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Stray, Chapter Eleven: The Silver Button, pt. 1 - The Phantom Librarian
Spewing out too many words since November 2003
fernwithy
fernwithy
Stray, Chapter Eleven: The Silver Button, pt. 1
Sirius was forced to show his face when the two little girls on the next island nearly got capsized during a storm, and he had to get them back. Their mother recognized him, but because of her own experience with the Dementors has no desire to turn him over to them. She also questions the logic of a cold-blooded mass-murderer risking his freedom to save a couple of strangers.

All of this was caused by her blowing up her Floo when she was trying to fix it, breaking both her leg and her wand in the process. Sirius offers to help, but doesn't know anything about Floos. After hearing about it, Remus realizes that it's probably a good idea to help--he has learned a little about them--before she takes the family boat over to the mainland to send a post owl for a Floo repairman, since the girls are likely to gossip about their exciting adventure.

Table of Contents and Summary So Far




The winds died down overnight, though a dreary sleet was still drenching the island, covering the windows and distorting the world beyond them in long, languid smears. The hogboon's mound looked like it belonged in a Monet painting that Sirius happened to be looking at a bit too closely.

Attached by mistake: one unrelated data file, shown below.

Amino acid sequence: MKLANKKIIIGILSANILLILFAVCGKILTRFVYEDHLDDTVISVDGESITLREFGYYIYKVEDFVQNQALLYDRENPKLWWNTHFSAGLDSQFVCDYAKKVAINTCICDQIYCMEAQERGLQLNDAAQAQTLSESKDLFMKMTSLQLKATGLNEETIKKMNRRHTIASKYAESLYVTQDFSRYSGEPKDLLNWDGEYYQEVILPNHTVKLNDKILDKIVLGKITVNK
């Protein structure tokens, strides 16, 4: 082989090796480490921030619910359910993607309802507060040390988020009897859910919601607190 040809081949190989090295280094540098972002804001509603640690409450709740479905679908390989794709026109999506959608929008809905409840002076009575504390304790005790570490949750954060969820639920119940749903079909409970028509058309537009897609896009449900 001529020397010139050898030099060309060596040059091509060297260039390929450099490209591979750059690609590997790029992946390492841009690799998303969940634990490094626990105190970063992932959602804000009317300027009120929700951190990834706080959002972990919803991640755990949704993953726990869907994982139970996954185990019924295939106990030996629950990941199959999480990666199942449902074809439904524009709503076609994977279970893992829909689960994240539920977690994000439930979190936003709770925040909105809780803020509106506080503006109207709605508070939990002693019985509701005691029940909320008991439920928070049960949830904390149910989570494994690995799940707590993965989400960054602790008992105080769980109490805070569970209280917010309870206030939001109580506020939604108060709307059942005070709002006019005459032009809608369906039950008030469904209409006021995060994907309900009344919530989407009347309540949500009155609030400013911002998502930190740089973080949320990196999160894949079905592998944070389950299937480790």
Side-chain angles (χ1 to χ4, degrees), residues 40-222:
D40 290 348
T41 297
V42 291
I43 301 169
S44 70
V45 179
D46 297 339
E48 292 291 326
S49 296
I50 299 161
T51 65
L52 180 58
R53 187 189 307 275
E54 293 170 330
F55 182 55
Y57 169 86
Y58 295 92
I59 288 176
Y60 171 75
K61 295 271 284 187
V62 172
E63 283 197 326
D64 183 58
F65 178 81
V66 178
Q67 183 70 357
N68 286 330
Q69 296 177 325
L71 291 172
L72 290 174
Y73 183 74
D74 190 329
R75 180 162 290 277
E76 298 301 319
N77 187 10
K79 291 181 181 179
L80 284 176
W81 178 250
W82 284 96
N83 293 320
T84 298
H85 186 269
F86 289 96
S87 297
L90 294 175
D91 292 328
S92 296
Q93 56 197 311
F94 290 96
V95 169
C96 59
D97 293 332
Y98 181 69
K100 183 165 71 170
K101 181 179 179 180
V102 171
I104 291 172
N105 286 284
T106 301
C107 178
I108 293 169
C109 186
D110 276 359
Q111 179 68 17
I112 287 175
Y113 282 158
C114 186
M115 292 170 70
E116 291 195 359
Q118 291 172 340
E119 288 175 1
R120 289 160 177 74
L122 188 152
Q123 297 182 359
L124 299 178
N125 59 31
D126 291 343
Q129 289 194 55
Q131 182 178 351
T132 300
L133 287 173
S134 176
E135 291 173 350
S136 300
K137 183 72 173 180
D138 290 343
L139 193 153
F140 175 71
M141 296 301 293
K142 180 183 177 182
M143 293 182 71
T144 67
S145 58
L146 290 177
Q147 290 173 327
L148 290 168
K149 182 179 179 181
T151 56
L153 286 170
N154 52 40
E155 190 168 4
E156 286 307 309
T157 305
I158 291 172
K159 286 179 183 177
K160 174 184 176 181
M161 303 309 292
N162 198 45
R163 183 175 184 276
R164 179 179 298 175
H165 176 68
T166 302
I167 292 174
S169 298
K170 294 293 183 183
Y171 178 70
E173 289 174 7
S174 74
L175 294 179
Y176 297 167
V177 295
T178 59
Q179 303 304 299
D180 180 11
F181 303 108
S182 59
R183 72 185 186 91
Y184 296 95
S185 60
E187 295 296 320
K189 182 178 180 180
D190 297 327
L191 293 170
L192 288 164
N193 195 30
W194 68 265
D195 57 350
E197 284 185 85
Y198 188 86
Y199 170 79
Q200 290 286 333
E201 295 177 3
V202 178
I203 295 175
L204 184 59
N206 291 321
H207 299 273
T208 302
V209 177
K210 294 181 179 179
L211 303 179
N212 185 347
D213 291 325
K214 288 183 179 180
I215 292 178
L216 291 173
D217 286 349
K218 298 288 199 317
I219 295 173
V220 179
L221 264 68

"I'd best go over this morning," Remus said. "Before Fiona takes it in her head to go to the mainland. I don't think you should come. It's--"

"It's not a great thing for someone to have a wanted fugitive in her home?" Sirius asked.

"Well, she doesn't have any particular reason to risk it."

"Neither do you," Sirius said, then shook his head. "No, you're right. I'll stay."

Remus narrowed his eyes. "That was too easy."

"I'm tired."

"Are you all right?"

Sirius shrugged. He hadn't slept much, listening to the storm play itself out, and his mind had been turning over yesterday's events. "I need to think," he said.

Remus gave him an uncertain nod and pulled on his heaviest cloak, which looked sturdy enough to fully protect him against a mild breeze on a sunny day in May (Sirius hoped it was charmed to be warmer than it looked), then went out into the miserable morning. Sirius watched him until he disappeared behind a curtain of rain.

From the other side of the shack, Sirius could hear Buckbeak scratching at his bedding restlessly. He went to the back door and opened it onto the little enclosure where the Disillusioned hippogriff was tossing wet hay disconsolately into a pile. The rain pattered off of him, making him perfectly visible as a water sculpture.

"Need that dried?" Sirius asked, pointing at the hay.

The water sculpture looked up eagerly and flapped its wings in assent.

Sirius slipped out into the shadows and Conjured a little shelter. He hoped that it would look to any visitors like something Remus might have built to keep his new dog in. Quickly, he dried out Buckbeak's bedding, then Buckbeak himself, who came over and nuzzled him fondly.